Turkey withdraws from Istanbul Convention - what now?

Politicians and human rights organisations inside and outside Turkey are voicing fierce criticism after Turkey pulled out of the Council of Europe Convention on preventing and combating violence against women. The EU's foreign affairs representative Josep Borrell has called on Ankara to reverse the decision. Withdrawing from the 2011 convention sends a dangerous message to the world, he warned.

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Habertürk (TR) /

A dangerous first step

Pro-government columnist Nagehan Alçı fears that withdrawing from the Convention will be just the first in a wave of measures that discriminate against women, prompting her to take an unusually critical stance in Habertürk:

“In a second step, the same lobby will put everything in motion to change the regulations on child support. After that, it will demand that the law that foresees the eviction of violent men from their homes be repealed. And then in a fourth step it will do all it can to prevent the judiciary from interfering in cases of domestic violence. ... The signature that repealed the Istanbul Convention opens the door for all of this. Now I would like to ask once again. ... Honorable President, did you write your signature with a clear conscience?”

Adevărul (RO) /

Neo-traditionalism fighting rearguard battle

In a commentary for Adevărul, Islam researcher Alina Isak Alak sees the withdrawal as a sign of the weakness of Erdoğan's regime:

“From a gender perspective, the AKP, as a conservative and nationalist party, has constantly promoted a neo-traditionalist ideology in the style of the Muslim Brotherhood, which is based on the preservation of traditional gender roles with minor, culturally opportunistic adjustments. ... But women in Turkey continue their protest - and their unequal struggle against a patriarchal, authoritarian regime that, by its decision, has exposed that it has lost its influence and power over much of the population.”

Polityka (PL) /

The reactionaries are mobilising

There are always counter-movements when progress is being fought for, Polityka comment:

“A global 'anti-gender block' is forming before our eyes. Its first manifestations are international coalitions which attack progressive wording in UN documents and work to undermine abortion, sexual self-determination and even protection from domestic violence. ... Just as we once put behind us the exploitation paradigm of class society, we are now saying goodbye to the idea that one of the sexes has the privilege of exploiting the other from birth. As in the 19th century, this development is meeting with fierce political opposition and leading to reactionary, anti-progressive, misogynist coalitions.”

Frankfurter Rundschau (DE) /

Encouraging violence and murder

Journalist Bascha Mika is outraged in Frankfurter Rundschau:

“Beat them! Rape them! Kill them! Why didn't Turkish President Erdoğan just come out and call for violence against girls and women in an advertising campaign? Would that have been any dfferent from his denunciation of the Istanbul Convention? Anyone who abandons the Convention against violence against girls and women denies their right to life and integrity. Erdoğan's move will once again encourage all the aggression-filled fathers, husbands and brothers to play out their patriarchal power claims and fantasies of violence. Until the victims are liquidated. The consequences? The perpetrators will have even less to fear.”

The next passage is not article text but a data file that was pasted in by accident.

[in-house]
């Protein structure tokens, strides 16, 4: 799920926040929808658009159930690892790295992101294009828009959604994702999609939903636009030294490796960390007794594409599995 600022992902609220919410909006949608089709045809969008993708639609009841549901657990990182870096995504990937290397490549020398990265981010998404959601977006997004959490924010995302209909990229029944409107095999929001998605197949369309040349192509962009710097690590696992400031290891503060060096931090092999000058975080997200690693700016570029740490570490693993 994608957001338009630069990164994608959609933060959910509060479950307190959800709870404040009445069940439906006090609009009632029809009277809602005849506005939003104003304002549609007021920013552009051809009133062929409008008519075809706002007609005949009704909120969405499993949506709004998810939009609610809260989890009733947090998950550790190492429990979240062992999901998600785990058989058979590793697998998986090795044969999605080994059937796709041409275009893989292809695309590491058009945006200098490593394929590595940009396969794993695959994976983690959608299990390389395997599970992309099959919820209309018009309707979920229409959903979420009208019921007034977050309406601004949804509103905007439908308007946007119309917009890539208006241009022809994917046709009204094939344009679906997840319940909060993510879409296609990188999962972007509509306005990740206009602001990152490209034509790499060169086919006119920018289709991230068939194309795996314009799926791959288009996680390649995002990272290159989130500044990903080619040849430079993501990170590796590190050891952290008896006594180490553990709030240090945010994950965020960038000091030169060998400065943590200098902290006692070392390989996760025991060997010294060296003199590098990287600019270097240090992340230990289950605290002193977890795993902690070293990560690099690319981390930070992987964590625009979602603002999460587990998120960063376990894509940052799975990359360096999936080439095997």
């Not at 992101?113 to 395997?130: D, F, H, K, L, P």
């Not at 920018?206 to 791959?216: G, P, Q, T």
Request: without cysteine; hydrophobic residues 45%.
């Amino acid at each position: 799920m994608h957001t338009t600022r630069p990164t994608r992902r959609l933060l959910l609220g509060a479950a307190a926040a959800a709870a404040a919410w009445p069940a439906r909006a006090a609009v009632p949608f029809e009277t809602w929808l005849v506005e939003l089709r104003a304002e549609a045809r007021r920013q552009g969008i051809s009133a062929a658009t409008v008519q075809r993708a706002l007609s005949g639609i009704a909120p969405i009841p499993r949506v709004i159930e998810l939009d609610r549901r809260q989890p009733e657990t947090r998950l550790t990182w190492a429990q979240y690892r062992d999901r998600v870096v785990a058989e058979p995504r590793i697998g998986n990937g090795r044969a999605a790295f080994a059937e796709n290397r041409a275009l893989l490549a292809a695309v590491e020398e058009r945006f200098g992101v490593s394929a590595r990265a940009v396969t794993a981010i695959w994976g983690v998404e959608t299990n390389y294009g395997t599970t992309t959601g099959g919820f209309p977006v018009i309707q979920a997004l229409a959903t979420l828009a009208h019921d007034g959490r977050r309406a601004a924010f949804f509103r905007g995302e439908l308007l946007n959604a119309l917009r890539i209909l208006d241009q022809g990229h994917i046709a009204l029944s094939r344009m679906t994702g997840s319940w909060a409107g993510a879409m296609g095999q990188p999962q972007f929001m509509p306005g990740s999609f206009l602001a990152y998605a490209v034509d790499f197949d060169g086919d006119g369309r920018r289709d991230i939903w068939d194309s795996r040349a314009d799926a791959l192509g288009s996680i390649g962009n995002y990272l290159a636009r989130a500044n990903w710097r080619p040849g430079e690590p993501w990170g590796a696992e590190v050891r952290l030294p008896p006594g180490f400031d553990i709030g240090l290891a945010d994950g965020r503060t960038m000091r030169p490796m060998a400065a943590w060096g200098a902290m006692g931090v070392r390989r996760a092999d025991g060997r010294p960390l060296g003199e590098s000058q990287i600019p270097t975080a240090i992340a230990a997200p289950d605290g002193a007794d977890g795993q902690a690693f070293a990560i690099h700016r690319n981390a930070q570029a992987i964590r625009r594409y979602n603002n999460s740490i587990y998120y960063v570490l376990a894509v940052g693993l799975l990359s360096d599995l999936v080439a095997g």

Tages-Anzeiger (CH) /

Farewell to the Western community of values

For the Tages-Anzeiger Ankara's move is a double debacle:

“Firstly for women in Turkey. And secondly for the whole country, which is now saying goodbye to the already increasingly fragile community of shared values with Europe and the US. ... Neither alleged cultural peculiarities nor supposed Islamic-religious guidelines can justify slapping modern Turkish women in the face like this. They are now being told to see themselves as die-hard Islamists and traditionalists have always seen them: as second-class citizens.”

T24 (TR) /

Looking for Islamist allies

T24 suspects electoral tactics behind Erdoğan's move:

“The reason is the [Islamist] Saadet party and Muslim orders which he expects to contribute to his re-election. One can assume that the AKP won't be able to win the next elections on its own. In fact, there's no guarantee that it can stay in power even with the support of the [ultra-nationalist] MHP. ... So the decision was made to withdraw from the Istanbul Convention in a bid to ensure that the Saadet party joins or supports the electoral alliance, and that the orders - which consider women to be the property of men - do not withdraw their support.”

La Stampa (IT) /

Warsaw will be glad

The Convention also has its critics in the EU, La Stampa points out:

“The Warsaw Convention. This is the name Polish conservatives would like to give to a new treaty that 'significantly improves' the Istanbul Convention. ... The government claims that the main cause of domestic violence is not structural inequality between men and women (the Convention's premise), but 'gender ideology' and the dissolution of traditional marriages. ... Should Poland withdraw from the Istanbul Convention, the next step would be to create a regional alliance in Central and Eastern Europe that could further restrict the rights of women and LGBT people in the EU. ... Now all eyes are on the countries that have not ratified the Istanbul Convention, including Bulgaria, Hungary, Slovakia, the Czech Republic, Latvia and Lithuania.”